Because Herrera's amended complaint challenged the veracity of the police report and the Assistant District Attorney's letter for the first time, the Magistrate requested a supplemental special report from the Board on August 7, 1992. On August 11, 1992, the Defendants filed a supplemental brief in support of their motion to dismiss originally filed on April 24, 1992. On March 9, 1993, the district court adopted the Magistrate's report and recommendation, and granted the Defendants' motion to dismiss. Herrera timely filed his Notice of Appeal on March 16, 1993.

We review de novo the dismissal of a complaint under Fed. R. Civ. P. 12(b) (6), applying the same scrutiny to the complaint as did the district court. Ayala v. Joy Mfg. Co., 877 F.2d 846, 847 (10th Cir. 1989). "We will uphold a dismissal only when it appears that the plaintiff can prove no set of facts in support of the claims that would entitle the plaintiff to relief." Jacobs, Visconi & Jacobs, Co. v. City of Lawrence, 927 F.2d 1111, 1115 (10th Cir. 1991).

Herrera's civil rights claim under 1983 alleges that the Board's reliance on false information deprived him of due process. It is axiomatic that the Due Process Clause of the Fourteenth Amendment only applies when the challenged governmental action deprives an individual of life, liberty, or property. Greenholtz, 442 U.S. at 7. In Greenholtz, the Court concluded that due process is not necessarily implicated when a state provides for the possibility of parole. Id. at 7 ("There is no constitutional or inherent right of a convicted person to be conditionally released before the expiration of a valid sentence."). To determine whether a state parole scheme establishes a liberty interest that implicates due process, the Court looked to the state law. Id. at 12; see also Connecticut Board of Pardons v. Dumschat, 452 U.S. 458, 466-67 (1981) (juxtaposing the "unfettered discretion" Connecticut law vests in its Board of Pardons with the express mandates in Nebraska's parole statutes). The Court in Greenholtz held that Nebraska parole statutes establish a liberty interest protected by due process because the provisions provide that the Board of Parole "shall" release an inmate unless one of four designated reasons is found. Greenholtz, 442 U.S. at 11.

In sharp contrast to the Nebraska parole statutes that confine the board's discretion, we have held, and Herrera concedes, that the Oklahoma's parole statutes do not establish a liberty interest protected by the Due Process Clause, because the Oklahoma Pardon and Parole Board is empowered with broad discretion. Shirley v. Chestnut, 603 F.2d 805, 807 (10th Cir. 1979) (articulating several differences between the Oklahoma and Nebraska parole systems). Because the Oklahoma parole system does not establish a liberty interest, Herrera's due process claim must fail. Id.; Phillips v. Williams, 608 P.2d 1131, 1135 (Okl.) ("Oklahoma law lacks not only mandated standards of inmate-parole-release eligibility but also those that would structure eligibility for mere consideration of parole release."), cert. denied, 449 U.S. 860 (1980).3  Finally, no amendments to the Oklahoma parole statutes adopted after our decision in Shirley establish a liberty interest in parole.

In fact, the Board timely acknowledged Herrera's letter in August 1990 challenging the veracity of the parole investigator's statement in the 1990 report regarding Herrera's family--and both inserted a letter of correction in Herrera's file and removed the statement in the 1991 and 1992 reports. Record, tab 41, at 24-31. Prior to conducting the parole hearing, the Board granted Herrera access to his parole file and afforded Herrera the opportunity to rebut information contained in the file.4  Herrera does not dispute the fact that the Board's hearing offered him an additional opportunity to challenge the government's statements. Nor does Herrera allege that the Board knowingly relied on false information, conduct which one court has deemed arbitrary and capricious in violation of due process. See Monroe v. Thigpen, 932 F.2d 1437, 1442 (11th Cir. 1991) (parole board admitted knowledge of the falsity of information upon which it relied).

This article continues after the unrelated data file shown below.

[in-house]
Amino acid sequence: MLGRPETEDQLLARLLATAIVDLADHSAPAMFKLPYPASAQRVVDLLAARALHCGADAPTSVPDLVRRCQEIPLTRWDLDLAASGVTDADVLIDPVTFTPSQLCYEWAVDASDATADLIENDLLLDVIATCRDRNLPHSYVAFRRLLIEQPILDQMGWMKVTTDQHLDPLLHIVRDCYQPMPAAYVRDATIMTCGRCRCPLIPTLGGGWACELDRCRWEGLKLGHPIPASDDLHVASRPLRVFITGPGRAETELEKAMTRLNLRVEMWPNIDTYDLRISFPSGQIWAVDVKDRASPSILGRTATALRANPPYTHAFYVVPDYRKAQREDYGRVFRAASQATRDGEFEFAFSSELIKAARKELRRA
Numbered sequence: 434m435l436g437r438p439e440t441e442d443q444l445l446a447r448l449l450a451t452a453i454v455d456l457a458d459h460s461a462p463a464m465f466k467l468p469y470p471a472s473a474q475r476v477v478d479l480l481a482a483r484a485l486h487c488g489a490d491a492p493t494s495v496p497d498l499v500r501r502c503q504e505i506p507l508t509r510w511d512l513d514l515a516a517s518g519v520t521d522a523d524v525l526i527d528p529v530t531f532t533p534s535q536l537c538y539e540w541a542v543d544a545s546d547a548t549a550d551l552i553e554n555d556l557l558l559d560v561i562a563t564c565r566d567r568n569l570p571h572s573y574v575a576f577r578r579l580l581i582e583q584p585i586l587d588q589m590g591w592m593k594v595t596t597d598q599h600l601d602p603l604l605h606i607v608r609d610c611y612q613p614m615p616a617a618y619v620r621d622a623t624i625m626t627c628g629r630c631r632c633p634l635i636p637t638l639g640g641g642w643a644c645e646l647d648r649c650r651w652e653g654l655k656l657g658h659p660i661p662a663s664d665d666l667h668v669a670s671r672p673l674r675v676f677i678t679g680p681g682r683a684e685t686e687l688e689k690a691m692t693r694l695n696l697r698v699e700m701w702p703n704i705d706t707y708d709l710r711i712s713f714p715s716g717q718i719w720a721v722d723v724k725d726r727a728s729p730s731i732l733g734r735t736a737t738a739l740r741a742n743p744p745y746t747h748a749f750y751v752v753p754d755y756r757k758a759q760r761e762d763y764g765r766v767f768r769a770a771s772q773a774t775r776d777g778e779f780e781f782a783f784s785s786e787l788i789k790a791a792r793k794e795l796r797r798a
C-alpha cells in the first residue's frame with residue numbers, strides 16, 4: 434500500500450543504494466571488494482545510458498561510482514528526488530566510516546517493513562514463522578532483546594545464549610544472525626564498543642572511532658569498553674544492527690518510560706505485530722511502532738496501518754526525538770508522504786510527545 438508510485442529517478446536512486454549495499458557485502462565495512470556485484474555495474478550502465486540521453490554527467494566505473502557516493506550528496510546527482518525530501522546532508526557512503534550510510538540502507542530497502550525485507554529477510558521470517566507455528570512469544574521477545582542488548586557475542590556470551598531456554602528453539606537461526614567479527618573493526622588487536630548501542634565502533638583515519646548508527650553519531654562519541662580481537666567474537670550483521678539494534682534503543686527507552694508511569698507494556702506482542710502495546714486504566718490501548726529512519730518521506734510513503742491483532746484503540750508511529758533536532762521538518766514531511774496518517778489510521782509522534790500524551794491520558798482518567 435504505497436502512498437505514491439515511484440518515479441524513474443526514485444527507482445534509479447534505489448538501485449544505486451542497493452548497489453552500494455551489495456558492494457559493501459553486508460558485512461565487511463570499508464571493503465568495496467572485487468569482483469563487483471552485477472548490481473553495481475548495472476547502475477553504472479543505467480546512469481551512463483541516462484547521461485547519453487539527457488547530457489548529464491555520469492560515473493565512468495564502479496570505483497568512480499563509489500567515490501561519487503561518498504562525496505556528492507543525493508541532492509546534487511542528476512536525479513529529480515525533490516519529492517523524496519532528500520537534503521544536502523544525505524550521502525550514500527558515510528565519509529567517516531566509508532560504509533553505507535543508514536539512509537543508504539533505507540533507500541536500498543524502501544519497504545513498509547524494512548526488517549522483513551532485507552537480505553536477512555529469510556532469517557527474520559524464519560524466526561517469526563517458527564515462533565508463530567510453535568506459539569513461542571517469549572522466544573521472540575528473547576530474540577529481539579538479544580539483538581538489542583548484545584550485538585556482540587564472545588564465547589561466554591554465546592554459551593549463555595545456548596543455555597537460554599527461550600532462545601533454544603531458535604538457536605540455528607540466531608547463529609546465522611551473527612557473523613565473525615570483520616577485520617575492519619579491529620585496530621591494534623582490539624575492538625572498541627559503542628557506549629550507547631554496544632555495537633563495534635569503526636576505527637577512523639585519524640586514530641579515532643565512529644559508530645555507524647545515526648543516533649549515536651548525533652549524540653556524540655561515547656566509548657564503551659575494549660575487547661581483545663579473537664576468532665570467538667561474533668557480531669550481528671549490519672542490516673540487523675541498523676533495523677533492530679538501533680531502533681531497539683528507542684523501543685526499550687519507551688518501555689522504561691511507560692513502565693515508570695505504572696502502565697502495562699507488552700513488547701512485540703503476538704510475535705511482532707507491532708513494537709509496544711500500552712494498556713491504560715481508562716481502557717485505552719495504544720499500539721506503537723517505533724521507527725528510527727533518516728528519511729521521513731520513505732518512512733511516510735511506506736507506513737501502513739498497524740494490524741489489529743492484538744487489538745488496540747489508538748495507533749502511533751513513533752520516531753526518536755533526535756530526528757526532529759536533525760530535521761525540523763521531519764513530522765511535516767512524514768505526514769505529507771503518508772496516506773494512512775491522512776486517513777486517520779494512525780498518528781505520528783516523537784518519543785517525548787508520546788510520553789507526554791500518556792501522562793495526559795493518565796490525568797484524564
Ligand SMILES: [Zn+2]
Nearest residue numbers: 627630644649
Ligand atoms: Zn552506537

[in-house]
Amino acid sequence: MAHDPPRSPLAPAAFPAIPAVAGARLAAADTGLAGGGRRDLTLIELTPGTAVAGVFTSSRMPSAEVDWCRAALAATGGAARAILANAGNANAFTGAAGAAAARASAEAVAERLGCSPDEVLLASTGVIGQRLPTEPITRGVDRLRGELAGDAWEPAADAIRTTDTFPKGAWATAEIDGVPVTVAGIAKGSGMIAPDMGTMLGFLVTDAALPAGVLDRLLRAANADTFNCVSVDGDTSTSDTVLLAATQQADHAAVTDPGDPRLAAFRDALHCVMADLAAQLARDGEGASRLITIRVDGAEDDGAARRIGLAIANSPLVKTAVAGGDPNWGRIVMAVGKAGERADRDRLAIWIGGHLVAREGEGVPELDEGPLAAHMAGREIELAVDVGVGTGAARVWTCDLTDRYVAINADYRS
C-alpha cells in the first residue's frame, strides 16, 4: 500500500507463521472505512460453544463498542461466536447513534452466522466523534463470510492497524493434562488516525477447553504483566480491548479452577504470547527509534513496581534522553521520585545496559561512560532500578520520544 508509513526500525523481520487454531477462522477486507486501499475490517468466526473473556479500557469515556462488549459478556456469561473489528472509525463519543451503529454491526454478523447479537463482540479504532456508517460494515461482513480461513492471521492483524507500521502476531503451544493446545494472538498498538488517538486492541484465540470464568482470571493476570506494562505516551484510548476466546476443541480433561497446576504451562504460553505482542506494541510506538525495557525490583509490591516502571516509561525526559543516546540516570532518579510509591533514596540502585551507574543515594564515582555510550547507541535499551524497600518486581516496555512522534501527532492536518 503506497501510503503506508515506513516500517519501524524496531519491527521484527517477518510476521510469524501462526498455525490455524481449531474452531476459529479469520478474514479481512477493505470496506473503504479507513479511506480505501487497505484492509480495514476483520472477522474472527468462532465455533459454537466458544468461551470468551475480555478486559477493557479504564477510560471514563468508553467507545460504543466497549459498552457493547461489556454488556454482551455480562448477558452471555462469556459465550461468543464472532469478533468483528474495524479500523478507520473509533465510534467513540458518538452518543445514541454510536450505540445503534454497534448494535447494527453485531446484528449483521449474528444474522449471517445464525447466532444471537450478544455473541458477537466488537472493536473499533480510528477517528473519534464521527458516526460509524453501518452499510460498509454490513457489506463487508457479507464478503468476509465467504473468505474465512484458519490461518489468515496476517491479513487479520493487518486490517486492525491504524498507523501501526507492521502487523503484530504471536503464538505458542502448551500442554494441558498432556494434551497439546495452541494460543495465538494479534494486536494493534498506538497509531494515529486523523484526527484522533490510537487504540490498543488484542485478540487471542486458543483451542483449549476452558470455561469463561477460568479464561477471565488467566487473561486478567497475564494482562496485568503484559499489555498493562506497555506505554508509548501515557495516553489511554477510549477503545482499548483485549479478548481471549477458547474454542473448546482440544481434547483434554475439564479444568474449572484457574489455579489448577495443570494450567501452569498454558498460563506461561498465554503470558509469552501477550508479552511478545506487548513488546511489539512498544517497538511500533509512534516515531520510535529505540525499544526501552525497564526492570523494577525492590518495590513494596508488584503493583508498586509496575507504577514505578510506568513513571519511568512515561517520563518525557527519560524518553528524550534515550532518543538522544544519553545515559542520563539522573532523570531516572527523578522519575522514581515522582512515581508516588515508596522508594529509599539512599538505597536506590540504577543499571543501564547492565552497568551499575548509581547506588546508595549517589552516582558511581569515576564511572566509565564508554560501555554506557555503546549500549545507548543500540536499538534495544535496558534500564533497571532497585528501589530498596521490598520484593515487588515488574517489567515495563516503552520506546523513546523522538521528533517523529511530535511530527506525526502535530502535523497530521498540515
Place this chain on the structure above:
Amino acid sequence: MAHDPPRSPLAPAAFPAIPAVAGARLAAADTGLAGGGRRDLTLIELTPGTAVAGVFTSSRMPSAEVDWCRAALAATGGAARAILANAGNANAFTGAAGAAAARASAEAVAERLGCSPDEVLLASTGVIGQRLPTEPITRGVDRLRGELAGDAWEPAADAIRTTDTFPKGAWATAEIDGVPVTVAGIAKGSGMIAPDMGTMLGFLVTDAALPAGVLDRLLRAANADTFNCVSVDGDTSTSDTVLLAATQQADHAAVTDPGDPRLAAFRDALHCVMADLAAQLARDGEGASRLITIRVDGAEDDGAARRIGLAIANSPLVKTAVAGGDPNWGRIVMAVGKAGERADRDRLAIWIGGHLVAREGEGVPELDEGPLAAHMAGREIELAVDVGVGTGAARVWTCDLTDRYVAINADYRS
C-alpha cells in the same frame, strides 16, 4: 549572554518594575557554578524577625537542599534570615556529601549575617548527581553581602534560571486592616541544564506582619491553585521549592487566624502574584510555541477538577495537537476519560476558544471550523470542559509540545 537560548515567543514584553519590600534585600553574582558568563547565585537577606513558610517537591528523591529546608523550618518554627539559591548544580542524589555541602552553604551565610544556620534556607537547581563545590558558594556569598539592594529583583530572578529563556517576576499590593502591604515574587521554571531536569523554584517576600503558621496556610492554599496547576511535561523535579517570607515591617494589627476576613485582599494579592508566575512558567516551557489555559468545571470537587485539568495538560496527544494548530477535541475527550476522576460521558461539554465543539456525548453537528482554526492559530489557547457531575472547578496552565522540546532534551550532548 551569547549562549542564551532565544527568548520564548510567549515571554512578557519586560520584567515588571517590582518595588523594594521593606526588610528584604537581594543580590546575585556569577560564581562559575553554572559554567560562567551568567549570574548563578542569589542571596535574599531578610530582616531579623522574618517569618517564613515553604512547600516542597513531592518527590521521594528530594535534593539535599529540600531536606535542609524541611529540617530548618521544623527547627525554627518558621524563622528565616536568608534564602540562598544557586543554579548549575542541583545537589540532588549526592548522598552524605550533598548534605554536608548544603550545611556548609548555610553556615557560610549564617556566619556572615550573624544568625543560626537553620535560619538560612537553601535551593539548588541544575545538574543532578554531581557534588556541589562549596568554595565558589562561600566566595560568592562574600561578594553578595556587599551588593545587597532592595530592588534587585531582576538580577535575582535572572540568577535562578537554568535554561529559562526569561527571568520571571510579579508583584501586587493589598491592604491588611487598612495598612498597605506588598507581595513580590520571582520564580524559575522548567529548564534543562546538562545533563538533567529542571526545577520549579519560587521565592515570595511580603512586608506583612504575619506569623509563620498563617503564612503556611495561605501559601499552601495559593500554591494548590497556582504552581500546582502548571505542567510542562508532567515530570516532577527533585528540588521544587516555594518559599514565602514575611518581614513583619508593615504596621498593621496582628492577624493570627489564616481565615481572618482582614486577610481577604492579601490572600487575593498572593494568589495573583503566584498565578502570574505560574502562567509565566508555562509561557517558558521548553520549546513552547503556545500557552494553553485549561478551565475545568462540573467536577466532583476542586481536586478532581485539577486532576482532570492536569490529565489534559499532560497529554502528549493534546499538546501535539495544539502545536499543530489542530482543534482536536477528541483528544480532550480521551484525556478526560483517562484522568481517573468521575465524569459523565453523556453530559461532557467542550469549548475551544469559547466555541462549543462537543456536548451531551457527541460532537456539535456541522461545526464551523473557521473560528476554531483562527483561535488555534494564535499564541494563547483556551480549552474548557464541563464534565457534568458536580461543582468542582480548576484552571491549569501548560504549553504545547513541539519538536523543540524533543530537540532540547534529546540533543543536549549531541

Given the likelihood that disputes about the veracity of information contained in an inmate's parole file often arise, a parole board, as here, "adequately safeguards against serious risks of error" when it permits an inmate to inspect the information in his parole file, to appear before the Board, and to submit documents and letters supporting his parole candidacy. Greenholtz, 442 U.S. at 15. In the absence of a state-created liberty interest in parole under Oklahoma law, and because the Board afforded Herrera the opportunity to refute the government's statements, Herrera's due process claim under 1983 was properly dismissed.

Accordingly, we AFFIRM.

 1

This order and judgment has no precedential value and shall not be cited, or used by any court within the Tenth Circuit, except for purposes of establishing the doctrines of the law of the case, res judicata, or collateral estoppel. 10th Cir. R. 36.3

 2

The Board also conducted parole hearings in June 1991 and June 1992, and denied Herrera parole each time

 3

In Phillips, the Oklahoma Supreme Court explained that the sole statutory provision governing parole eligibility is the Forgotten Man Act, 57 Okl. Stat. Ann. 332.7, which assures inmates eligible under its terms an opportunity for parole consideration. Phillips, 608 P.2d at 1135. Herrera's due process claim does not allege that the Board deprived him of this opportunity for consideration

 4

Taking the initiative to express his view about statements in his parole file, Herrera wrote a letter to the Board dated May 1, 1992 in which he identified the allegedly false information